I’d like to put forth a proposition: The 2nd Amendment to the Constitution says we have the right to keep and bear arms. Therefore, I demand that the government, at public expense, provide me with a militia-suitable firearm, ammunition, spares, maintenance gear, load bearing gear, and training, complete with a range where I can practice at no expense.
Or how about this: The 1st Amendment to the Constitution says we have the right to free speech. Therefore, I demand that the government, at public expense, provide me with a newspaper and a radio station, complete and entire with staff, hardware, support, payroll, benefits (no Affordable Care, please, thank you).
After all, how can I exercise my rights to be armed or to run my mouth if I don’t have a gun and a newspaper? Isn’t it hypocrisy to tell me I can have a gun, and then not give me one? Or to tell me I can speak my mind, and not give me a pulpit?
While I haven’t heard this absurd argument for guns, I have heard it for newspapers and radio stations. This is precisely what the “fairness doctrine” is about, and it is built on a fundamental misunderstanding of what a right is. No, this is not a matter of semantic hairsplitting. It is a matter of the perversion of a perfectly valid concept, and the use of that perversion to manipulate people.
There is no such thing as a right TO something. “Rights” are not a voucher; they are the freedom from restraint. The 2nd Amendment means no one can prevent me from getting a gun. The 1st Amendment means no one can prevent me from getting a newspaper. A right cannot be a positive title to something. A right can only be a guarantee of freedom from restraint in getting that thing. Here’s how that works.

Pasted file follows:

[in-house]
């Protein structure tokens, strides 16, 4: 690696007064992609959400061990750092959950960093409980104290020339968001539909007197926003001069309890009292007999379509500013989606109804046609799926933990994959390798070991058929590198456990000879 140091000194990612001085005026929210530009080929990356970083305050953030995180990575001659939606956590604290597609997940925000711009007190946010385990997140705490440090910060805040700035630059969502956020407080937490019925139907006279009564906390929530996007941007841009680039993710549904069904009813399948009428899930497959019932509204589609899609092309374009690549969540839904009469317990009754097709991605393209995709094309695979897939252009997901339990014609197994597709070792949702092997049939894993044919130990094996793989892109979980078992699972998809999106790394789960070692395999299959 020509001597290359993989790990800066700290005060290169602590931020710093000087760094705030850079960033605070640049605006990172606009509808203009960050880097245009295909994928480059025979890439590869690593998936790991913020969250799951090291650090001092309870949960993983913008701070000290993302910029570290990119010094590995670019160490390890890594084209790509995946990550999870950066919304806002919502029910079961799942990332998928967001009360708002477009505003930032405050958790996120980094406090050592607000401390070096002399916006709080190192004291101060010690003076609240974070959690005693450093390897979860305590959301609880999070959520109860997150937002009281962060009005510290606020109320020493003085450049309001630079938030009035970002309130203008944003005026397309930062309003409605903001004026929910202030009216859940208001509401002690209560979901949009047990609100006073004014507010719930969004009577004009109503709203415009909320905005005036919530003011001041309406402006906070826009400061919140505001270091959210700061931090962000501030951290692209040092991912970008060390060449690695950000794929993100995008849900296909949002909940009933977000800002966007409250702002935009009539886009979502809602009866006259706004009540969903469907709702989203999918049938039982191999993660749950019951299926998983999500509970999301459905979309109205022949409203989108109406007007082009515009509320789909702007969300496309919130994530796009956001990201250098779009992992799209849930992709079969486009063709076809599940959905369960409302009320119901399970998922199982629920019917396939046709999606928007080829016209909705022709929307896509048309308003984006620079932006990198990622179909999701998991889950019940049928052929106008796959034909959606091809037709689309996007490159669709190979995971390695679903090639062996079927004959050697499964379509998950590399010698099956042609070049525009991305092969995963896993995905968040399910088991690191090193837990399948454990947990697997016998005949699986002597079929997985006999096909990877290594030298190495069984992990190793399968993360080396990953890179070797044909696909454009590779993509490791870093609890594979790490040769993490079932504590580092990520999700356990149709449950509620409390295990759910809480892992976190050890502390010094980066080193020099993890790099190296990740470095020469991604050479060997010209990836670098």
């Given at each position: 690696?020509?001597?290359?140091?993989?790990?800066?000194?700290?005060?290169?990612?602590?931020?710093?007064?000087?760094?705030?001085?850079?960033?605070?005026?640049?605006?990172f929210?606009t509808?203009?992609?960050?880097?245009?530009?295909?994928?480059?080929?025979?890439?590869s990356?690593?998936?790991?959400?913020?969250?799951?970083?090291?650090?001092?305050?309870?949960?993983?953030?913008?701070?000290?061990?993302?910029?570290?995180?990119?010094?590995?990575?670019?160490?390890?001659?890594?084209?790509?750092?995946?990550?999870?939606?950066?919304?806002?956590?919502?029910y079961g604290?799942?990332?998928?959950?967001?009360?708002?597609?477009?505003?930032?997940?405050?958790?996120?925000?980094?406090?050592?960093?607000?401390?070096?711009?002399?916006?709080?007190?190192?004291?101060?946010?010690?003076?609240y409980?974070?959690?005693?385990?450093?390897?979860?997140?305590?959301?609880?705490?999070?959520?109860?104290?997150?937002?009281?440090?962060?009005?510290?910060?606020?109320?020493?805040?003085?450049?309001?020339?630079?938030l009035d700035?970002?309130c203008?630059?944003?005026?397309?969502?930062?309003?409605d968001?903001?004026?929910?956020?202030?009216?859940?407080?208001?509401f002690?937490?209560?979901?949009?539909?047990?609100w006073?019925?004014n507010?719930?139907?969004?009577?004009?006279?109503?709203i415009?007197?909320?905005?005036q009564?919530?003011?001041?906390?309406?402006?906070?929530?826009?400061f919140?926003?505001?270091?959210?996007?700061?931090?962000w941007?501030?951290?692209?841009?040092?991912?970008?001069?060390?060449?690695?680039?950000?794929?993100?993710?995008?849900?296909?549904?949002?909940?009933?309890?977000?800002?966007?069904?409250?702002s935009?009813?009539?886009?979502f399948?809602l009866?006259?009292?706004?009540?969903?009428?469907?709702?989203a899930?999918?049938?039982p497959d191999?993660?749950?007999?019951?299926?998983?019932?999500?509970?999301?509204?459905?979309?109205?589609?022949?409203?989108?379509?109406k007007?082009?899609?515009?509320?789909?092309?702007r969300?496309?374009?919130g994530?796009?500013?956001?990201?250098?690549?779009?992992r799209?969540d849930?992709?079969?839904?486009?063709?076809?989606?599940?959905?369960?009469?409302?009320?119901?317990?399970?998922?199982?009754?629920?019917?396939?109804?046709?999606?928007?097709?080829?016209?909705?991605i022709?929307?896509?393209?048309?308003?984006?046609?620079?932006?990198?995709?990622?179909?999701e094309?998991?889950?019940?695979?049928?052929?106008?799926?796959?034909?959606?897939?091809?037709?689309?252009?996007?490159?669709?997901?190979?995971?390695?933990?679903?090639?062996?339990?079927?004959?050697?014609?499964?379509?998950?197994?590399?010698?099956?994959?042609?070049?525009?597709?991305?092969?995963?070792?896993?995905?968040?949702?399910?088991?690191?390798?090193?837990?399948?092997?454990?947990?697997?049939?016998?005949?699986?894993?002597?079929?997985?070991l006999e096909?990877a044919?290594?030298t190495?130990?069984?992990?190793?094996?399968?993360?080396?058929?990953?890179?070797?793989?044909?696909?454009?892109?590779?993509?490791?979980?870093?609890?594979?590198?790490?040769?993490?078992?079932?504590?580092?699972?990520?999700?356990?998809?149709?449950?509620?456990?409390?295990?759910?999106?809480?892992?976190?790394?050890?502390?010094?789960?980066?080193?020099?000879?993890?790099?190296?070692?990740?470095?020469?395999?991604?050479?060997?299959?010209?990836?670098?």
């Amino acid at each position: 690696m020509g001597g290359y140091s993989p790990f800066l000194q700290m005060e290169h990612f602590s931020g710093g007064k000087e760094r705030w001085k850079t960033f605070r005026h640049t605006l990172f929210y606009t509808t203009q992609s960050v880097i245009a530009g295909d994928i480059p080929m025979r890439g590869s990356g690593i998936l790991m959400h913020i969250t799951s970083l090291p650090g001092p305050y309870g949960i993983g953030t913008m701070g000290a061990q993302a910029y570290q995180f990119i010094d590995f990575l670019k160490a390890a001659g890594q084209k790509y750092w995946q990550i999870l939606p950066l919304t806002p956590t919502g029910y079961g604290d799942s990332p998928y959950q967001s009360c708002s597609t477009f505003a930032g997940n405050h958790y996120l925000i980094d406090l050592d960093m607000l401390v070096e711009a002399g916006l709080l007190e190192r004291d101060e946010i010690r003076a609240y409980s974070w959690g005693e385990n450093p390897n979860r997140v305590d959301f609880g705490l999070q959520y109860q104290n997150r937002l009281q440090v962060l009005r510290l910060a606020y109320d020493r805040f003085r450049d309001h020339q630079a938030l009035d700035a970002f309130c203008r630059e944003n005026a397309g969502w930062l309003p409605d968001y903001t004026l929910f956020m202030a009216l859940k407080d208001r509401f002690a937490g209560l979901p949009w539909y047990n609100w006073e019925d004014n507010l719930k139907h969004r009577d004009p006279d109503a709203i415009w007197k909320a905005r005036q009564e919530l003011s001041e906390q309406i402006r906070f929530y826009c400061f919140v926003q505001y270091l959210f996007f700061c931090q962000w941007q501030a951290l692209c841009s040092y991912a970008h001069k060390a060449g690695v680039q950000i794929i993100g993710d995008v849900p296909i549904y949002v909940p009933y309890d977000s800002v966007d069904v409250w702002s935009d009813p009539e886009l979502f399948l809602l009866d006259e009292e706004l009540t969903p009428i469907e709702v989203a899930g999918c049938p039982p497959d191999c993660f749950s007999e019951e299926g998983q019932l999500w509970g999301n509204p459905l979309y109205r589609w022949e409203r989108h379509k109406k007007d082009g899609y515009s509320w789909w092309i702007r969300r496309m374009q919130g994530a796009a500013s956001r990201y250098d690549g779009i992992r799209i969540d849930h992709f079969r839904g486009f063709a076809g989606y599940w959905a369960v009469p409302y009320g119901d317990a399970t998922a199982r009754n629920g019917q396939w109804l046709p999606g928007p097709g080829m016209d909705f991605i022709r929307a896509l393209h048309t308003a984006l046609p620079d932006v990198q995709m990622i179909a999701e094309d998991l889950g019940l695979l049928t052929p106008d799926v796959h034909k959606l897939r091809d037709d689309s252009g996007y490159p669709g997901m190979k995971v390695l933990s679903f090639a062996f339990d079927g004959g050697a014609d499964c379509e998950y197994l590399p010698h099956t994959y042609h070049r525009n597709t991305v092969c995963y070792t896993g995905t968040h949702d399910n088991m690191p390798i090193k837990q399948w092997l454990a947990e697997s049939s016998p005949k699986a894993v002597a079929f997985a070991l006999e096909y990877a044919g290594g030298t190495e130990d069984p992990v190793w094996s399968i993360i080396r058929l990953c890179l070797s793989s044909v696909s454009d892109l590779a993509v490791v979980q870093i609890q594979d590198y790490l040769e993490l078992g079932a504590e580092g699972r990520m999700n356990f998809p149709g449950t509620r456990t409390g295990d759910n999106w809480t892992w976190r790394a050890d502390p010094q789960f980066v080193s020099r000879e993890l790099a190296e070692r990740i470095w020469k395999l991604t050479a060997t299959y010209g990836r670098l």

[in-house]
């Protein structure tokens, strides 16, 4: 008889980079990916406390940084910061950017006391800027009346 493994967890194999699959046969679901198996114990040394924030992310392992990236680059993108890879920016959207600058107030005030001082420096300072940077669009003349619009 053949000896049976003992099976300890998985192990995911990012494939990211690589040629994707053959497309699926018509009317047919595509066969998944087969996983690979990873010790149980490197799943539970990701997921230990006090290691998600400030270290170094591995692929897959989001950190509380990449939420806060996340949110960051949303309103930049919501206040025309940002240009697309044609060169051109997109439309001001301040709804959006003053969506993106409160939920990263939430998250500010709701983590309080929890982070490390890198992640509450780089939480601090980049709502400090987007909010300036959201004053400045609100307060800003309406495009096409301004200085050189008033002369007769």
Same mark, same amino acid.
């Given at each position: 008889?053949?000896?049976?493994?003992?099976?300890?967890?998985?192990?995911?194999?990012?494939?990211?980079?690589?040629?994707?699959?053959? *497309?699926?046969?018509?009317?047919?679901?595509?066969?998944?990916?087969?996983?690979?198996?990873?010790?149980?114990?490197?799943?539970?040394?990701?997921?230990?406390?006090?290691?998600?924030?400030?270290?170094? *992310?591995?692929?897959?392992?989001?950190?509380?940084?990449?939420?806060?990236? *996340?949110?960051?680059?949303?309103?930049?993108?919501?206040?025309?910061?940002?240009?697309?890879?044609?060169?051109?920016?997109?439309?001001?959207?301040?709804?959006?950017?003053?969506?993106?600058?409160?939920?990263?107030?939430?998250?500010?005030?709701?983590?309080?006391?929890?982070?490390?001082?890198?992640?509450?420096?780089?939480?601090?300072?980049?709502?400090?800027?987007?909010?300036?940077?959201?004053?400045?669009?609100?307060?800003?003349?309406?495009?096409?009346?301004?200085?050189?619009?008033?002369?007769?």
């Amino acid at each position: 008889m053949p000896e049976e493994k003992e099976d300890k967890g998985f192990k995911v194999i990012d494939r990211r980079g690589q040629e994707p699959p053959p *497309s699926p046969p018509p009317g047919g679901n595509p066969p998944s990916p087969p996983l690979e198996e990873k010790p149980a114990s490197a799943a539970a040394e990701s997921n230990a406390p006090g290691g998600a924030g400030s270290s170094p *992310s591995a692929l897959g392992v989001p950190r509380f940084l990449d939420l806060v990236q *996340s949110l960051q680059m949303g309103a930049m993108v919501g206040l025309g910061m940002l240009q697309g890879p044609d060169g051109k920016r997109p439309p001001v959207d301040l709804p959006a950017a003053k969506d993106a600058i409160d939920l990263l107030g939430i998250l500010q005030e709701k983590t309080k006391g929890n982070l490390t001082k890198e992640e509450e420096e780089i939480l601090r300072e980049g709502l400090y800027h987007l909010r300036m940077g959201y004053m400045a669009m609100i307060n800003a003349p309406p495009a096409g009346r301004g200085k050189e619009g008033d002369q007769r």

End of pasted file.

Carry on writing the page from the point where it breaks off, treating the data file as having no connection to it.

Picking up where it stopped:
Nothing Mankind needs to survive occurs in usable form in nature. Berries must be picked, animals must be hunted, crops must be grown, lumber must be cut, cloth must be woven… the list is endless. Everything – EVERYTHING – Man needs to live requires some form of human action to make it usable. There are but four ways of getting the things we need: we can produce them, ourselves, we can produce other things and trade for them, we can beg for them, or we can steal them.
That’s it. Make it yourself, buy it with something you have made yourself, beg for it, or steal it. We are producers, beggars, or thieves. There are no other options. Since no one can produce all that he needs over an extended period, dealing with others is inescapable. Beggars are doomed to live at the discretion of their benefactors, and thieves live only until they encounter a strong man armed, politicians notwithstanding.